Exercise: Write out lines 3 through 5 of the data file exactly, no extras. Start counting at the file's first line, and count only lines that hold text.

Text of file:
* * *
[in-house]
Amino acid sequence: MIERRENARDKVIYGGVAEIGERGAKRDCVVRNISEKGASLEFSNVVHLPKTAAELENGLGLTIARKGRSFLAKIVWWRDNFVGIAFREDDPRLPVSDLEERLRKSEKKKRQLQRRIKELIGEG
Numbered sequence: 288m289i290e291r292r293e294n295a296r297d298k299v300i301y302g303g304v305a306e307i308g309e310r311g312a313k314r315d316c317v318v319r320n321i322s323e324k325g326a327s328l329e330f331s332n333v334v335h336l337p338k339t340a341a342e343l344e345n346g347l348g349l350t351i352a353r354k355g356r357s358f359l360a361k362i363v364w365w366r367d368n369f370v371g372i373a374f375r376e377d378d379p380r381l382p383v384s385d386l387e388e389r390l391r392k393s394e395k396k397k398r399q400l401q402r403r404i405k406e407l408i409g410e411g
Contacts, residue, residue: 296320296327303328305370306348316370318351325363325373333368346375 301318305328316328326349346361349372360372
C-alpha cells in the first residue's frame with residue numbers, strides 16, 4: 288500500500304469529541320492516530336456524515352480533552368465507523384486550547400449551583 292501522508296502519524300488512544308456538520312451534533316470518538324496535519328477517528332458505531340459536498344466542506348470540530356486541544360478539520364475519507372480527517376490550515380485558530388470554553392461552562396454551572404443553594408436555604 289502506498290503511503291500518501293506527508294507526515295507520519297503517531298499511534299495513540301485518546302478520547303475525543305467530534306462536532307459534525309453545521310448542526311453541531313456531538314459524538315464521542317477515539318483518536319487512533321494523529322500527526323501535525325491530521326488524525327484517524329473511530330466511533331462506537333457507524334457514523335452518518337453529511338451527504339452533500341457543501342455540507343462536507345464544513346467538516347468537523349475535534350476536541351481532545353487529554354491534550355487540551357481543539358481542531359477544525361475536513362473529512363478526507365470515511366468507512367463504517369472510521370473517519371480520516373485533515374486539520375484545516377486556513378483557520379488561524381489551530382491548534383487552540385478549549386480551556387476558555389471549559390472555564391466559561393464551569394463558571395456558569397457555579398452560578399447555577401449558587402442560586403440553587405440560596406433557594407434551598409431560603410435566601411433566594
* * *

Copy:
Numbered sequence: 288m289i290e291r292r293e294n295a296r297d298k299v300i301y302g303g304v305a306e307i308g309e310r311g312a313k314r315d316c317v318v319r320n321i322s323e324k325g326a327s328l329e330f331s332n333v334v335h336l337p338k339t340a341a342e343l344e345n346g347l348g349l350t351i352a353r354k355g356r357s358f359l360a361k362i363v364w365w366r367d368n369f370v371g372i373a374f375r376e377d378d379p380r381l382p383v384s385d386l387e388e389r390l391r392k393s394e395k396k397k398r399q400l401q402r403r404i405k406e407l408i409g410e411g
Contacts, residue, residue: 296320296327303328305370306348316370318351325363325373333368346375 301318305328316328326349346361349372360372
C-alpha cells in the first residue's frame with residue numbers, strides 16, 4: 288500500500304469529541320492516530336456524515352480533552368465507523384486550547400449551583 292501522508296502519524300488512544308456538520312451534533316470518538324496535519328477517528332458505531340459536498344466542506348470540530356486541544360478539520364475519507372480527517376490550515380485558530388470554553392461552562396454551572404443553594408436555604 289502506498290503511503291500518501293506527508294507526515295507520519297503517531298499511534299495513540301485518546302478520547303475525543305467530534306462536532307459534525309453545521310448542526311453541531313456531538314459524538315464521542317477515539318483518536319487512533321494523529322500527526323501535525325491530521326488524525327484517524329473511530330466511533331462506537333457507524334457514523335452518518337453529511338451527504339452533500341457543501342455540507343462536507345464544513346467538516347468537523349475535534350476536541351481532545353487529554354491534550355487540551357481543539358481542531359477544525361475536513362473529512363478526507365470515511366468507512367463504517369472510521370473517519371480520516373485533515374486539520375484545516377486556513378483557520379488561524381489551530382491548534383487552540385478549549386480551556387476558555389471549559390472555564391466559561393464551569394463558571395456558569397457555579398452560578399447555577401449558587402442560586403440553587405440560596406433557594407434551598409431560603410435566601411433566594